City Council Makes First Step Towards Raising the Minimum Wage in San Diego

by on March 26, 2014 · 0 comments

in Civil Rights, Economy, Labor, Politics, San Diego

Minimum wageBy Doug Porter / San Diego Free Press

The room was packed Monday, March 24th, for a meeting of the Economic Development and Intergovernmental Relations Committee as Councilman Todd Gloria successfully gained approval to draft ballot language on a measure proposed for the November ballot raising the minimum wage and granting paid sick leave for San Diegans.

Gloria will consult with City Attorney Jan Goldsmith and bring the measure back for consideration by the committee on April 30th. We can only hope the City Councilman president has the language double-checked by an outside attorney who doesn’t have a vested ideological interest in the measure failing.

A coalition of faith-based, community and labor groups called Raise Up San Diego! turned out over 100 people carrying neon green signs expressing support for the concept yesterday. They’ll need to keep the pressure on until the full council takes a vote (no later than the end of August) for the measure to appear on the ballot.

From UT-San Diego:

“Raising the minimum wage would help tens of thousands of San Diegans working full-time pay for shelter, put food on the table and support their families,” Gloria told the city’s Economic Development and Intergovernmental Relations Committee. “This is a very real issue that must be addressed for us to move forward as America’s finest city.”

Opponents to the idea of raising the minimum wage locally are taking the “we need to study it” approach for the time being.

From KPBS:

Minimum wage will increase statewide —- reaching $10 an hour in 2016 -— but Gloria says that amount isn’t enough, although he hasn’t specified just what would be. Not everyone supports the measure. Alisa Rhinehardt, for the San Diego Chamber of Commerce, told the committee a further increase in wages could be damaging to local businesses…

“Many of whom a­­­re very concerned about an increase in the minimum wage above and beyond what the state just approved last year. We ask that an independent study be done to first determine the economic impact on the business climate in the city of San Diego,” Rhinehardt said.

The study idea is, of course, a delaying tactic. There are a multitude of studies out there with results oriented towards whomever paid for the research. And one more study wouldn’t change anything, other than say, the timing of such a measure to a low turnout date where the Chamber and their allies might have a chance of influencing the results with a JOB KILLER advertising campaign.

From the Washington Post, talking about national public sentiment (and why Congress will do nothing) on this issue::

Recent pollshave shown that only tea party Republicans oppose the minimum wage hike, while non-tea party Republicans actually are in line with majorities of the American people, and support it. But the latter’s priorities just aren’t reflected to anywhere near the same degree by the Congressional GOP.

Business Killer? Maybe Not, Say Actual Businessmen



On the national level, one of the leading opponents of increased minimum wage legislation being considered by the states, is the National Federation of Independent Businesses(NFIB). The group typically portrays itself as the voice of American small businesses.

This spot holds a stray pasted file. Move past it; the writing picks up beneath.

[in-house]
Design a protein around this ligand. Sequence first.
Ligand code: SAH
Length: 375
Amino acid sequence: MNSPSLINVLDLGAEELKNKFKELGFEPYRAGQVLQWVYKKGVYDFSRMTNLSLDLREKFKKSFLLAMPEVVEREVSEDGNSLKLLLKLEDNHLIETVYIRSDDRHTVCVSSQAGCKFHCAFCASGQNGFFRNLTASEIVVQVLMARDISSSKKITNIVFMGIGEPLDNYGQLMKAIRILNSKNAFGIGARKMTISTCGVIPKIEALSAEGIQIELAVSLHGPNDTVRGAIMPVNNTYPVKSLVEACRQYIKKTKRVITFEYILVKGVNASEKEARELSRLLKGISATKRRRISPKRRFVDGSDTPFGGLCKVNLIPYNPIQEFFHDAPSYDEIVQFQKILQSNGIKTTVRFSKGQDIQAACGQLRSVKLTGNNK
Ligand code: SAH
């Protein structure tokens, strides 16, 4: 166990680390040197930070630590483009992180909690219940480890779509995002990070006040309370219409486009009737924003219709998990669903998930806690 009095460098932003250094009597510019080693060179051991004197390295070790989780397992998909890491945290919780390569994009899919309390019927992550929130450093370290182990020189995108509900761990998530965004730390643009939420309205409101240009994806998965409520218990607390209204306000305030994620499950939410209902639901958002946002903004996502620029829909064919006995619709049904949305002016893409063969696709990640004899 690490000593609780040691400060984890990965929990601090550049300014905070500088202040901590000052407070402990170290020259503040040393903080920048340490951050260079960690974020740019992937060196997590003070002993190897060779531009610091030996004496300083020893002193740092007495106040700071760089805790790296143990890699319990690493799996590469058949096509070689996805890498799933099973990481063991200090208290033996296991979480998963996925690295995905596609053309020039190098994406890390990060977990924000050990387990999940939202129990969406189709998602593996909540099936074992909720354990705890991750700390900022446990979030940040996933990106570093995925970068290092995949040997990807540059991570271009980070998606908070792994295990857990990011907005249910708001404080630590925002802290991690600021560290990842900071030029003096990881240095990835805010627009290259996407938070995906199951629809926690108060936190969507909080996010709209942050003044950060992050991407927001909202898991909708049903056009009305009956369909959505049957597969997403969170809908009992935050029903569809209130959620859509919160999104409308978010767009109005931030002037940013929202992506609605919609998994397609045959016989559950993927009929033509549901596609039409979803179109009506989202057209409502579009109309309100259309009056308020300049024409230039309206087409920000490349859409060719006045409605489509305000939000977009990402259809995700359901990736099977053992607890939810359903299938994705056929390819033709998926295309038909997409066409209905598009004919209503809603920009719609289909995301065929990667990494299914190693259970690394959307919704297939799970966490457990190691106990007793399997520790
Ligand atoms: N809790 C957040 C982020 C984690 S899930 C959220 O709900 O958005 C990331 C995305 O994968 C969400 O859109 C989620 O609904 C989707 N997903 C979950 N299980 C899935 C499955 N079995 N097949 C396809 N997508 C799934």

The fact that they’re received $2.5 million from the Freedom Partners Chamber of Commerce, a conservative advocacy group with deep ties to the Koch family is, I guess, supposed to be of no importance. And we’re not supposed to notice that four of the five men sitting on the NFIB board are current or former employees of Koch companies and that one is a friend of Charles Koch.

In fact, their actual constituencies don’t agree with NFIB’s priorities.

From Think Progress:

…its own members aren’t so focused on the issue: Buried inside a big roundup report on the issue is a survey of business owners — and they say they aren’t actually worried about sick days or minimum wage. In its most recent survey of the small businesses that make up its membership, from 2012, they ranked “Minimum Wage/’Living’ Wage” at number 52 out of 75 issues — well in the last third. On top of this, just 8.6 percent said this issue is “critical,” while 28.8 percent said it wasn’t even a problem.

The group has also opposed paid sick days, but that ranks even lower among its members. “Mandatory Family or Sick Leave” is number 64, below regular crime as well as cyber crime, with 7.8 percent deeming it critical and 35.1 percent saying it’s not a problem. Yet it conducted a study saying that enacting paid sick days in Massachusetts would cost 16,000 jobs and testified against a measure in Illinois.

How About a Debate?

Since all these studies effectively cancel each other out, perhaps a discussion between articulate and nationally recognized spokespersons would be of value. That’s what the AFL-CIO leader Richard Trumka was thinking when he suggested a debate with the Heritage Foundation’s Jim DeMint. That show isn’t gonna happen…

From the Washington Post:

…according to Josh Goldstein, a spokesman for the AFL-CIO, DeMint’s office has said he doesn’t have the time to do the debate. Goldstein adds that the AFL-CIO told DeMint’s staff that Trumka would be happy to do this wherever and whenever DeMint wants to, but to no avail. Now the AFL-CIO will seek to draw attention to DeMint’s unwillingness to debate, with a new Facebook page and other social media, as a way of making the broader point that even those who are most ideologically committed to opposing the federal minimum wage know it is a very hard position to defend.

 The above is an excerpt of Doug Porter’s daily column.

{ 0 comments… add one now }

Leave a Comment

Older Article:

Newer Article: